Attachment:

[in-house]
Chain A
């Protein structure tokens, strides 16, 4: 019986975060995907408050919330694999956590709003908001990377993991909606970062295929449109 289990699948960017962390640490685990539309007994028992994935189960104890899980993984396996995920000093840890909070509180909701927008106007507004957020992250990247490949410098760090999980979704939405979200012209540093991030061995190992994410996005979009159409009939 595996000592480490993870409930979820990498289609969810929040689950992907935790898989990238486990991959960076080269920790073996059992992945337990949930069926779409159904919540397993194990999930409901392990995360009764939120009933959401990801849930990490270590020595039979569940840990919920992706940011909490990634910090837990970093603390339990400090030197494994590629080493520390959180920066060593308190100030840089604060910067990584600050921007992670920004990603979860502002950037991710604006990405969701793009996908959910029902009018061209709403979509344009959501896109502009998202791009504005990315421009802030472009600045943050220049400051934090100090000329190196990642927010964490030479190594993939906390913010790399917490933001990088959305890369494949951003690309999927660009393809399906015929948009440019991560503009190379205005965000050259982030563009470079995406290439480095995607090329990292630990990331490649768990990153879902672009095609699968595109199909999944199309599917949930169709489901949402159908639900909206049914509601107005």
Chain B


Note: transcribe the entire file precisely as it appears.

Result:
[in-house]
Chain A
């Protein structure tokens, strides 16, 4: 019986975060995907408050919330694999956590709003908001990377993991909606970062295929449109 289990699948960017962390640490685990539309007994028992994935189960104890899980993984396996995920000093840890909070509180909701927008106007507004957020992250990247490949410098760090999980979704939405979200012209540093991030061995190992994410996005979009159409009939 595996000592480490993870409930979820990498289609969810929040689950992907935790898989990238486990991959960076080269920790073996059992992945337990949930069926779409159904919540397993194990999930409901392990995360009764939120009933959401990801849930990490270590020595039979569940840990919920992706940011909490990634910090837990970093603390339990400090030197494994590629080493520390959180920066060593308190100030840089604060910067990584600050921007992670920004990603979860502002950037991710604006990405969701793009996908959910029902009018061209709403979509344009959501896109502009998202791009504005990315421009802030472009600045943050220049400051934090100090000329190196990642927010964490030479190594993939906390913010790399917490933001990088959305890369494949951003690309999927660009393809399906015929948009440019991560503009190379205005965000050259982030563009470079995406290439480095995607090329990292630990990331490649768990990153879902672009095609699968595109199909999944199309599917949930169709489901949402159908639900909206049914509601107005």
Chain B